Hey, Tag Zuckerberg: My Democracy Isn’t Your Laboratory

Some tech sites have reported that feature might eventually be rolled away to Facebook users in all of those other world, too. But of training course no-one really has any way of understanding what the public media company is definitely up to. And we don’t have any way to hold it accountable, either, aside from contacting it out publicly. Maybe that’s why it provides chosen to experiment with this new characteristic in small countries considerably taken off the concerns of all Americans.

But for us, changes such as this could be disastrous. Attracting audiences to a tale relies, above all, on making the process as easy as possible. Possibly one extra click can make an environment of difference. That is an existential threat, not only to my organization and others like it but also to the power of citizens in all of the countries subject to Facebook’s experimentation to find the truth about their societies and their leaders.

Serbia is a perfect example of as to why the political context of Facebook’s experimentation matters. Serbia escaped the dictatorship of Slobodan Milosevic in 2000, but it hasn’t produced into a fully functioning democracy. One party, led by President Aleksandar Vucic, controls not only the Parliament but also the complete political system. Our nation has no tradition of checks and balances. Mr. Vucic nowadays presents himself as progressive and pro-European, but as minister of facts in the Milosevic government, he was responsible for censoring news coverage.

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Today, censorship in Serbia requires a softer contact form. Pliant outlets faithful to the government receive preferential treatment and better funding from native and central budgets. The ones that stray out of line find themselves getting unexpected visits from the taxes inspectors.

This isn’t an easy place to be an independent journalist. Since 2015, my investigative nonprofit, KRIK, provides covered stories the mainstream media won’t touch. In return, we have been spied on and threatened, and have had lurid fabrications about our private lives splashed on the front page of countrywide tabloids.

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Last year, KRIK published an investigation showing that whenever he was a young surgeon, Zlatibor Loncar, who is now minister of health, have been contracted by a gang to kill among its enemies, according to court testimony by guarded witnesses. You’d think the story of another minister administering poison via an IV would help to make a splash – however the mainstream outlets ignored it.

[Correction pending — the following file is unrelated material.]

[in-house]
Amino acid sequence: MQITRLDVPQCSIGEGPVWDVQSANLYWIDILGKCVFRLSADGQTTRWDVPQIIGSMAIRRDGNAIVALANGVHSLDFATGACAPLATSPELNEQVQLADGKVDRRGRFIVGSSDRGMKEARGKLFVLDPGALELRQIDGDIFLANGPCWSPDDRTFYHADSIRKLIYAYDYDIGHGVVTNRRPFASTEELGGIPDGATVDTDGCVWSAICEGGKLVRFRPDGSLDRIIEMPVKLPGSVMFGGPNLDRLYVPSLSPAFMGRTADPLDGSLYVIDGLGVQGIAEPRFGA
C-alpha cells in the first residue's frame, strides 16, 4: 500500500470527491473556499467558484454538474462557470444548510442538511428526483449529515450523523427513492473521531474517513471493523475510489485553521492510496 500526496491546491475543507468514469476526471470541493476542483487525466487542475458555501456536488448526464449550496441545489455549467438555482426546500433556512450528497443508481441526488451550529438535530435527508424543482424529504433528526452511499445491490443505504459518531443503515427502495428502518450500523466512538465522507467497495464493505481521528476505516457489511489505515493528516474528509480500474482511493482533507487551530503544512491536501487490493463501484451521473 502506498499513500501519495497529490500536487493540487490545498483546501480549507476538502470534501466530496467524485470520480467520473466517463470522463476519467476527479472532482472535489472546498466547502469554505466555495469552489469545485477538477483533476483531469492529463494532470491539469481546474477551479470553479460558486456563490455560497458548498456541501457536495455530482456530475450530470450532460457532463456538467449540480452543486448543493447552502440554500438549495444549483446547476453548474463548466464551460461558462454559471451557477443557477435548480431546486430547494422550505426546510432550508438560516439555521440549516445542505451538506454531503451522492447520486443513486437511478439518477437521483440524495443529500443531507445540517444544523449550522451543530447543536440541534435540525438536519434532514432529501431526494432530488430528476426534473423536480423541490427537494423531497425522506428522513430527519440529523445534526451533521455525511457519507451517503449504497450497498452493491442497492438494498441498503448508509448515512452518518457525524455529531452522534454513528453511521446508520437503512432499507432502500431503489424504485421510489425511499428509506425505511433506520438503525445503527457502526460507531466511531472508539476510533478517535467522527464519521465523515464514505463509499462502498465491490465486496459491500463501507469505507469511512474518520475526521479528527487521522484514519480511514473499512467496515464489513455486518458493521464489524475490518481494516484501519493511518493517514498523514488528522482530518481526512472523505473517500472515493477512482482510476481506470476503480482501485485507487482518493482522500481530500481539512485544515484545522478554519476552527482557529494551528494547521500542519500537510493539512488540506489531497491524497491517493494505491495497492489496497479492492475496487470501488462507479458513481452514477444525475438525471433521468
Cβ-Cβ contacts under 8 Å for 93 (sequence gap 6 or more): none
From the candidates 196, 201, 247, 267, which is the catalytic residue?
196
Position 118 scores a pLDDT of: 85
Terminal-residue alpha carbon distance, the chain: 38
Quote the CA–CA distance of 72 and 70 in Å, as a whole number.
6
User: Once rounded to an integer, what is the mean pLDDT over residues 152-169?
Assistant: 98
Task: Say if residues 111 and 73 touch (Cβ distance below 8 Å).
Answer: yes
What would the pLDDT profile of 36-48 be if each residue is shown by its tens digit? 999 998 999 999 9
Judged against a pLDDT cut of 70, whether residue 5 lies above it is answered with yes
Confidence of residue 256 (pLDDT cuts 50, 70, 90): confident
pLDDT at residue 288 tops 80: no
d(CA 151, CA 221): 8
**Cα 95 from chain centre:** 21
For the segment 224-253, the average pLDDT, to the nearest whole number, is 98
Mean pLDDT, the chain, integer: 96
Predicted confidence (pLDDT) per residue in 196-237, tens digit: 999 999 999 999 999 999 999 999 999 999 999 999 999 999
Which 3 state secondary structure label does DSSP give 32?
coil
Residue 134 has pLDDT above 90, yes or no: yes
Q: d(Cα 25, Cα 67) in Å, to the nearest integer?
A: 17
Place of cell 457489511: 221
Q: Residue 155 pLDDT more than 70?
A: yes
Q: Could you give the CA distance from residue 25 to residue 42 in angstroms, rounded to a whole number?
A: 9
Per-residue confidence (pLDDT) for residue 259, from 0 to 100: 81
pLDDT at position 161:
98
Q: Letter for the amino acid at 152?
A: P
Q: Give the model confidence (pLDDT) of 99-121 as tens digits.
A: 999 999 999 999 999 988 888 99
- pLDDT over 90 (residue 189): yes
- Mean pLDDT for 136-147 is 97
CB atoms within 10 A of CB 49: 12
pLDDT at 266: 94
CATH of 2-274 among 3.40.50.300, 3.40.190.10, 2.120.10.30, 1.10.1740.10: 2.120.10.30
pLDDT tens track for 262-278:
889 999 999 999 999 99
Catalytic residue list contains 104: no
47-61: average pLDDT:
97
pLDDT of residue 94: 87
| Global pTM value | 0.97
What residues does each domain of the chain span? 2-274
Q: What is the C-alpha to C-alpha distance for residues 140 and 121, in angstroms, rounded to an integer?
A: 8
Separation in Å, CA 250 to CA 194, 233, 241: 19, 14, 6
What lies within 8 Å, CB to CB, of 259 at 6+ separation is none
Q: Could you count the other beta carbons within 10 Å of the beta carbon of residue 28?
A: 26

Likely to KRIK’s website is the only approach Serbian citizens could find out the truth about that report and many others like it. And until last month, the majority of our readers visited our webpage via Facebook.

Facebook allowed us to bypass mainstream stations and bring our stories to hundreds of thousands of readers. But now, possibly as the social network claims to become cracking down on “fake news,” it really is on the verge of ruining us.

That’s why Tag Zuckerberg’s arbitrary experiments happen to be so dangerous. The major Tv set channels, mainstream newspapers and organized-crime-run outlets will have no difficulty buying Facebook advertisements or finding different ways to reach their audiences. It’s small, alternative organizations like mine which will suffer.

We journalists bear some responsibility because of this, too. Employing Facebook to reach our readers has always been convenient, consequently we invested effort and time in building our presence there, helping it end up being the monster it really is today.

But what’s done is performed – a private company, accountable to nobody, has bought out the world’s media ecosystem. It is now liable for what goes on there. By picking small countries with shaky democratic organizations to be experimental subjects, it is demonstrating a cynical lack of concern for how its decisions affect the most vulnerable.

Now that we’ve viewed what Facebook does with its power, we must figure out how to put it in check. Twitter is definitely Serbia’s second-most-used platform (though an extremely distant second). We’ll probably start relying on it more. It could also be period to consider other, even more decentralized platforms.

I’ve always been attracted to alternative scenes. In the 1990s, I ran a little, independent punk magazine. Nowadays, as an investigative editor and reporter, I want to get at the stories the big, timid outlets won’t covers. In a nation like Serbia, independent sites like mine, and the few others that survive, will be the only places people can learn the truth.

Facebook could be a instrument for such alternative spaces to thrive. Rather – at least in Serbia – it risks becoming just another playground for the powerful.

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